New research by a group of scientists in India and US shows that although men make up the majority of infections, women face a higher risk of dying from the coronavirus than men.
The study, based on Covid-19 deaths in India until 20 May, shows early estimates that 3.3% of all women contracting the infection in India were dying compared to 2.9% of all men. (India had a caseload of more than 110,000 with 3,433 deaths and a fatality rate of 3.1% when the study was conducted.)
In the 40-49 age group, 3.2% of the infected women have died, compared to 2.1% of men. Only females have died in the 5-19 age group.
I asked SV Subramanian, a professor of population health at Harvard University and one of the leader authors of the study, what this implied.
He told me that the narrative of calculating the Covid-19 fatality rate by groups has conflated two key metrics – mortality risk and mortality burden.
Mortality risk measures the probability of death in a specific group- in this case, total number of deaths of women divided by confirmed infections among women.
On the other hand, mortality burden gives you the number of deaths among women as a percentage share of the total deaths, both men and women.
Prof Subramanian says for the large part, the statistics have looked at the latter – men having a greater share of total deaths (63% in India, hewing to international data) – but “inferred the former risk”.
“Our overall conclusion is that, when infected, women do not seem to have any specific survival advantage [in India],” says Prof Subramanian.
“How much of this can be attributable to biological factors and how much of this is associated with social factors is unclear. Gender can be a critical factor in Indian settings,” he says.
But the findings are certainly striking because they run counter to what has been observed elsewhere in the world.
For one, men are more likely to suffer from co-morbidities or underlying health conditions, like cardio-vascular disease and hypertension, says Kunihiro Matsushita, a professor of epidemiology at the Johns Hopkins Bloomberg School of Public Health.
Men also smoke more than women in many countries, and some studies have shown that men wash their hands less frequently than women.
Prof Matsushita says that studies he had participated in had shown that male patients have a higher risk of contracting severe Covid-19 infection.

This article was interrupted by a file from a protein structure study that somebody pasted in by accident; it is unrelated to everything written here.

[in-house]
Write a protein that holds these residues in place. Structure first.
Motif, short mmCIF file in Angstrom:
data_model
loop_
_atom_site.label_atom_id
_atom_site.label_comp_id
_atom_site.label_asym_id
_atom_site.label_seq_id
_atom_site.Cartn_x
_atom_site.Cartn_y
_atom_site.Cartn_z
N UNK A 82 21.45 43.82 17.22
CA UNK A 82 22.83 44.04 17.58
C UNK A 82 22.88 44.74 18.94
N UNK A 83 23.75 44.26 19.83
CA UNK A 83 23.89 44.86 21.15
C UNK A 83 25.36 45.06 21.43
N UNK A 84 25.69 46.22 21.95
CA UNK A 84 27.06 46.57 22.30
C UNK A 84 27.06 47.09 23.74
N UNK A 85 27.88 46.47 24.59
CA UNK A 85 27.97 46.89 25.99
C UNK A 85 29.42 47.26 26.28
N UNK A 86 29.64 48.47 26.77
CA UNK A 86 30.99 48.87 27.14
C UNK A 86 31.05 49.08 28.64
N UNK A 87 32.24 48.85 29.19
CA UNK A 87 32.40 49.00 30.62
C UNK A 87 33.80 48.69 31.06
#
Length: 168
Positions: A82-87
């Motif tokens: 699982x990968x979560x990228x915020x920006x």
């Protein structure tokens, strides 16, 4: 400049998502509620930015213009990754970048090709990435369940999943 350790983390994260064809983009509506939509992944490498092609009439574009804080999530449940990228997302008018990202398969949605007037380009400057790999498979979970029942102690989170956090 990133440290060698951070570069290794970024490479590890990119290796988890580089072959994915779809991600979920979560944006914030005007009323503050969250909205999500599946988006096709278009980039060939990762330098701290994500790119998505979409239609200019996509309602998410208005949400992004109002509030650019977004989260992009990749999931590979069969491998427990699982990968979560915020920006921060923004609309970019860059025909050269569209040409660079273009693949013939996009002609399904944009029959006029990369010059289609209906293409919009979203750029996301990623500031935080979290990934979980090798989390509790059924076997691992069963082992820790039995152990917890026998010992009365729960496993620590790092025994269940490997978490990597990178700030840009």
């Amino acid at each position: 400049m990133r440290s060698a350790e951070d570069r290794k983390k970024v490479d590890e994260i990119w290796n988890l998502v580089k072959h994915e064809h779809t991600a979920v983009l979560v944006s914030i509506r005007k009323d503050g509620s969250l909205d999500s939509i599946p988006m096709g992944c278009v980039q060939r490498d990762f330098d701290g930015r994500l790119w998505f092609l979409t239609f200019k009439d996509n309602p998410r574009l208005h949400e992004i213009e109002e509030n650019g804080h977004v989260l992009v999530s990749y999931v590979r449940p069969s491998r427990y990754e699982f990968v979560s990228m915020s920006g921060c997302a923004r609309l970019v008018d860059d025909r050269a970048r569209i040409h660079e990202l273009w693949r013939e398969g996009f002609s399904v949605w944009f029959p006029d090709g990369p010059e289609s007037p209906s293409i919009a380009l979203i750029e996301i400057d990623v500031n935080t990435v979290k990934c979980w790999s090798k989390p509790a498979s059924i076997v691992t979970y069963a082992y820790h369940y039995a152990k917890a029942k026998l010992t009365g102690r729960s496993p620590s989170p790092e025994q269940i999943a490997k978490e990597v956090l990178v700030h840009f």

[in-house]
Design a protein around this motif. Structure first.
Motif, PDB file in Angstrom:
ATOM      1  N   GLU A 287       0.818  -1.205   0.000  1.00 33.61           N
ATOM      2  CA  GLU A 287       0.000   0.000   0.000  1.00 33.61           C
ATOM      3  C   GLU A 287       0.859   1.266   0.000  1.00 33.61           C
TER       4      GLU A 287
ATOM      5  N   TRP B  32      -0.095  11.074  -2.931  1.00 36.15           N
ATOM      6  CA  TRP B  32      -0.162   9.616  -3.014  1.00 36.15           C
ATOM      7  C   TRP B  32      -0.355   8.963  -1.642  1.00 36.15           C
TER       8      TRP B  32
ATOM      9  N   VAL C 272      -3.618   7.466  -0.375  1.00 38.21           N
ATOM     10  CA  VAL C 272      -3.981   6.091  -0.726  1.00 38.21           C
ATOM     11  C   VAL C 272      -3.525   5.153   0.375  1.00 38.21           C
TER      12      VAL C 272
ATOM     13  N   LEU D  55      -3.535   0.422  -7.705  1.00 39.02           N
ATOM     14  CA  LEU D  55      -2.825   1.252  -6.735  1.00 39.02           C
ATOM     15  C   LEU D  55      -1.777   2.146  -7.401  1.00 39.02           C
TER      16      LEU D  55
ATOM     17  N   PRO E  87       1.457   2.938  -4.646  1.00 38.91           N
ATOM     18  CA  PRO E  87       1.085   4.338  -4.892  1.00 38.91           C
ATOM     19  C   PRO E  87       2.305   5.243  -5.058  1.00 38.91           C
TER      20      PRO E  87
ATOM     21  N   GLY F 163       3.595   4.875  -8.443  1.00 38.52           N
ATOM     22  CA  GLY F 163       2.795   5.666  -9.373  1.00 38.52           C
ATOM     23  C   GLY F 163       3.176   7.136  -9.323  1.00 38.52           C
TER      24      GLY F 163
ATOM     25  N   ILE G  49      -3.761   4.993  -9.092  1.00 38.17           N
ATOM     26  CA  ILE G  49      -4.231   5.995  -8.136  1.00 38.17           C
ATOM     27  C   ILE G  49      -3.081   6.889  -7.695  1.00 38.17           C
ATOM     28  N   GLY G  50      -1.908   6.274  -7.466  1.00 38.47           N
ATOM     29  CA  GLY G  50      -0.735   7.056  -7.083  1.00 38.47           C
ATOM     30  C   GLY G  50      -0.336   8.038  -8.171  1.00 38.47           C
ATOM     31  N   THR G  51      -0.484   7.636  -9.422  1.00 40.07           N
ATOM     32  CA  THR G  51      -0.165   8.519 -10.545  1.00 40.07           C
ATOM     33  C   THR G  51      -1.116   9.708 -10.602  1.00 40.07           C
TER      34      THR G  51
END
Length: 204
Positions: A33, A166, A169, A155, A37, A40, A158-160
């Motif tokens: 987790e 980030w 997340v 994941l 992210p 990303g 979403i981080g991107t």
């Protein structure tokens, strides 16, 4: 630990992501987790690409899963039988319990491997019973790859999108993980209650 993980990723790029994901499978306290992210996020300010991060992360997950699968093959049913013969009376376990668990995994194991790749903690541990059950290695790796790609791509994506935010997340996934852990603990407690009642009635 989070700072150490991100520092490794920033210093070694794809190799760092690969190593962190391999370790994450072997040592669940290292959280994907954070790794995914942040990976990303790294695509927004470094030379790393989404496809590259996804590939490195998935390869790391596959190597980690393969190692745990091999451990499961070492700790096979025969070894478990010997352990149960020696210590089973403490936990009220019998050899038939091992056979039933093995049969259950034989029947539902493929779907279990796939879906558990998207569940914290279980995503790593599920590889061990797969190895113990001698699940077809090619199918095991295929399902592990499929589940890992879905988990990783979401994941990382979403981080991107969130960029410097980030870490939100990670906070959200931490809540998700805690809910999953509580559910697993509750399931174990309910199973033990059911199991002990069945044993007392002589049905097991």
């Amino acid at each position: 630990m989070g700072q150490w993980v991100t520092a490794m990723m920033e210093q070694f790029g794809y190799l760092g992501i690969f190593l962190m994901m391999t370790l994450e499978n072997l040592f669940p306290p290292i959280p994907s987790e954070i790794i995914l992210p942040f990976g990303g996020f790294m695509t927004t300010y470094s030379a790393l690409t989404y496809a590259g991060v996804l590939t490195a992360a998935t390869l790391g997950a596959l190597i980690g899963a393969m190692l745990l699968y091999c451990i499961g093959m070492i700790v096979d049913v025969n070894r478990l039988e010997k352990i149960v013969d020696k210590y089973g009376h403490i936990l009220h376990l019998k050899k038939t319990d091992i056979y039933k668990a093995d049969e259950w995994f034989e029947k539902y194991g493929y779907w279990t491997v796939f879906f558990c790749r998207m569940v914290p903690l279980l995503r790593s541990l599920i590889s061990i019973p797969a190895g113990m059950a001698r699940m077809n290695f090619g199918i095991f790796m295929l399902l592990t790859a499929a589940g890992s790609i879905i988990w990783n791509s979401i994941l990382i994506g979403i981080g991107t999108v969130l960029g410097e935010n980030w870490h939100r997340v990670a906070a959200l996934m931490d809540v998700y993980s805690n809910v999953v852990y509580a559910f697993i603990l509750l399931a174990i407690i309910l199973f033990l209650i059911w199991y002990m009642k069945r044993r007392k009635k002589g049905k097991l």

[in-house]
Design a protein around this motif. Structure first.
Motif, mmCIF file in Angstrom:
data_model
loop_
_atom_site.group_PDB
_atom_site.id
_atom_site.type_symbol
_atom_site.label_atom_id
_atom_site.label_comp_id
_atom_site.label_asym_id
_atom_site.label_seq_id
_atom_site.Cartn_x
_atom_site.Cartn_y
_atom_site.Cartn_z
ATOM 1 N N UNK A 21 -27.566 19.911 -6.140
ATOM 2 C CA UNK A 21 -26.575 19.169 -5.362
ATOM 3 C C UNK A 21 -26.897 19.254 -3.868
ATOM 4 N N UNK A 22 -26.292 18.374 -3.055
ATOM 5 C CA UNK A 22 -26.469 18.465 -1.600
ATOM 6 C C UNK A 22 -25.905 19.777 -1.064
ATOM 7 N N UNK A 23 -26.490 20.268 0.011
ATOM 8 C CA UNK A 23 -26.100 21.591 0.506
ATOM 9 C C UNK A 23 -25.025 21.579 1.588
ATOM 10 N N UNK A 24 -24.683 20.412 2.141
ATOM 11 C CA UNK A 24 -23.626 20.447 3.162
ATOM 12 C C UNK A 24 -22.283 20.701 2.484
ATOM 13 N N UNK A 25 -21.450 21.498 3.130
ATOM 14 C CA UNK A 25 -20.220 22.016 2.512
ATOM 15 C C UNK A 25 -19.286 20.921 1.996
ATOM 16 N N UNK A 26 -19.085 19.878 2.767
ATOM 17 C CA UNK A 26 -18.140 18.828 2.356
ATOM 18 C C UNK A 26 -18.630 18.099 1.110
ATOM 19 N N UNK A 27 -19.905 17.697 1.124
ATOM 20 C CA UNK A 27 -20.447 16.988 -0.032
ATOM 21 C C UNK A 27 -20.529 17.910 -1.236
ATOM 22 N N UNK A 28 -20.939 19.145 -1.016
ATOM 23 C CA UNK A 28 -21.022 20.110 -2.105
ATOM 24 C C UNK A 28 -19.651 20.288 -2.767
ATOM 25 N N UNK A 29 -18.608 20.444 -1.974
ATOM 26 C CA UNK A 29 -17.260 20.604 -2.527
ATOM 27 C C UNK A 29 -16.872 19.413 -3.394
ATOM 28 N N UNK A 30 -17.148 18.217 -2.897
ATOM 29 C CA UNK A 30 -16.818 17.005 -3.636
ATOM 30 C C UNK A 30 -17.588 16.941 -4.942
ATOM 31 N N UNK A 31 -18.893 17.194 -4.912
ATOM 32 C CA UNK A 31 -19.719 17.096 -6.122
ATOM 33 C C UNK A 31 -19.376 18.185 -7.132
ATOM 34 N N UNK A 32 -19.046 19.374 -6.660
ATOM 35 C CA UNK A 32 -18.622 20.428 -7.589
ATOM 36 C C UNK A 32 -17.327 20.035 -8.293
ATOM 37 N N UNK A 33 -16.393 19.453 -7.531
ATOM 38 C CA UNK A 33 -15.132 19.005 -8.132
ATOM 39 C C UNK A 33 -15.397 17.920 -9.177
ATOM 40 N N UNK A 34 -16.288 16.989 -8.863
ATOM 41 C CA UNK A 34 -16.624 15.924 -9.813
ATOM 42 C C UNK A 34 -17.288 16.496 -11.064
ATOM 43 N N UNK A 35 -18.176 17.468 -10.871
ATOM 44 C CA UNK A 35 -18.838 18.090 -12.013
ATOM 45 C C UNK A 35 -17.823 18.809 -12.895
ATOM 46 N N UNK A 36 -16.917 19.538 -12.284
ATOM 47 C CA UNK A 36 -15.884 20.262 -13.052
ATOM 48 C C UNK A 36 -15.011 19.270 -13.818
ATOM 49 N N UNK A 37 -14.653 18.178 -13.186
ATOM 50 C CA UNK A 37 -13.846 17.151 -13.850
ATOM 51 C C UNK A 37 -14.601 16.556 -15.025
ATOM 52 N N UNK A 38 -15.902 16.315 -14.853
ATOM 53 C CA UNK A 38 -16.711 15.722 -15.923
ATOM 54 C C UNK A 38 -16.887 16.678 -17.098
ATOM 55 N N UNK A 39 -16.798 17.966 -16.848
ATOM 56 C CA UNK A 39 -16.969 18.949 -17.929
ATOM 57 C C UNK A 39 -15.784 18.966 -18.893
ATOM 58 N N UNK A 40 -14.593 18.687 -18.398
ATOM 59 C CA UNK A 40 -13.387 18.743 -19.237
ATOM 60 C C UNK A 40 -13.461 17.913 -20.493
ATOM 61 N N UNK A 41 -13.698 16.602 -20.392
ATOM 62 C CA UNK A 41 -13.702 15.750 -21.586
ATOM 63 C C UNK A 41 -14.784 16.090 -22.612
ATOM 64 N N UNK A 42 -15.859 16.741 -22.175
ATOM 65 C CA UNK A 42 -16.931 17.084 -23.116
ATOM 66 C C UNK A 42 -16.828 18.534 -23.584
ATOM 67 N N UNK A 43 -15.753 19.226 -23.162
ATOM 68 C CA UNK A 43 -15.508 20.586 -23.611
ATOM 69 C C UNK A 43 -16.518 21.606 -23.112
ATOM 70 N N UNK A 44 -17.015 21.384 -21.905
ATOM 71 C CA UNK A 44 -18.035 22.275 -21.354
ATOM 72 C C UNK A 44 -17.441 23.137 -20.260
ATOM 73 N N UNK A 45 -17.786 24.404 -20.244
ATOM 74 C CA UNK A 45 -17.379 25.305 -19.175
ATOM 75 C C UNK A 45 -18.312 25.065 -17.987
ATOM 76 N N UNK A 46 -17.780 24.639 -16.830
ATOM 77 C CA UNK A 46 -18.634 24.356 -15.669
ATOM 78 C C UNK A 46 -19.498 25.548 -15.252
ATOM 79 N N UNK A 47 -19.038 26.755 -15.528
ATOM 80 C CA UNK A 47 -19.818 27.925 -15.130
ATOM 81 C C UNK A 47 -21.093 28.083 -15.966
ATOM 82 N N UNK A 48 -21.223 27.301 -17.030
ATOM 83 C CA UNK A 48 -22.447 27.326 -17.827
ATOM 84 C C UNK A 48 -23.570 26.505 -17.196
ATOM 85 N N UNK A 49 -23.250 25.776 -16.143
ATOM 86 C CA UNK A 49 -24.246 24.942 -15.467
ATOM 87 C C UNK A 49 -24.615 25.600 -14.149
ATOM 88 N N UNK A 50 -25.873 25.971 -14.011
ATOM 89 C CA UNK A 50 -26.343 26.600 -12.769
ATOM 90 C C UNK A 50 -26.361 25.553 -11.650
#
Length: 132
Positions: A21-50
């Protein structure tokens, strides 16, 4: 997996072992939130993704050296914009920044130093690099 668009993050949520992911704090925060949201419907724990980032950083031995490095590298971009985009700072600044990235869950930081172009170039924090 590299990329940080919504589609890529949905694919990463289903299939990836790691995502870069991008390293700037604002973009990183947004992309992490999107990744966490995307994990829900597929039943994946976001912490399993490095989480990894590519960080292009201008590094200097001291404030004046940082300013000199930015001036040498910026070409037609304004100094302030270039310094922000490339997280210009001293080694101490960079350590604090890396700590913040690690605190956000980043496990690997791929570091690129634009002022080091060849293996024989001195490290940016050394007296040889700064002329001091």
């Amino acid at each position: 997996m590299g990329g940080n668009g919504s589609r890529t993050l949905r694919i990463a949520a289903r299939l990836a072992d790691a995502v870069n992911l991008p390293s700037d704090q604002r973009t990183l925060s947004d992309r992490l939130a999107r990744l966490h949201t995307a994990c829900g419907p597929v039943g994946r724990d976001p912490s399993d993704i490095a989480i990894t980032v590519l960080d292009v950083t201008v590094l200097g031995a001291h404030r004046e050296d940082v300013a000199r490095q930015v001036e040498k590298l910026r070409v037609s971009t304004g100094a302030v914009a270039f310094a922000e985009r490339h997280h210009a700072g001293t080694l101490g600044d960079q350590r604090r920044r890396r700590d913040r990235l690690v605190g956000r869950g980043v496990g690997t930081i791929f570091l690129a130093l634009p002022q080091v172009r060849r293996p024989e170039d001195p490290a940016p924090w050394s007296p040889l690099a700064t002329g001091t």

Scientists also believe that women have a lower mortality risk because of sturdier immune defences. And have hormones like oestrogen which has “beneficial effects on upper and lower airways and is associated with stimulation of the immune response to upper airway infections”.
“In that regard, a higher case fatality rate in women than men in this report is certainly unique,” Prof Matsushita told me.
But he says the research data needs to be scrutinised in the context of how Covid-19 is diagnosed in India. “For example, is the opportunity to get a test same between men and women?” he wonders.
There could be more to this puzzle than what meets the eye.
Women outlive men in India and there are more older women than men. Is this leading to more deaths among women, as elderly people are vulnerable to the infection?
Also, women in India are more likely to delay going to doctors, and often self-medicate at home. And a woman’s health is more likely to be ignored in a household. So are women arriving late for testing and treatment?
Homemaker caregivers are more prone to contracting the infection – during the 1918 Spanish flu more women in India – relatively undernourished, cooped up in unhygienic and ill-ventilated dwellings, and nursing the sick – died than men.
“We need to dissect the gender data to find out more about what’s going on,” says T Jacob John, a retired professor of virology at Christian Medical College, Vellore.
Researchers agree. “We will keep a close watch and keep updating the results,” Prof Subramanian says.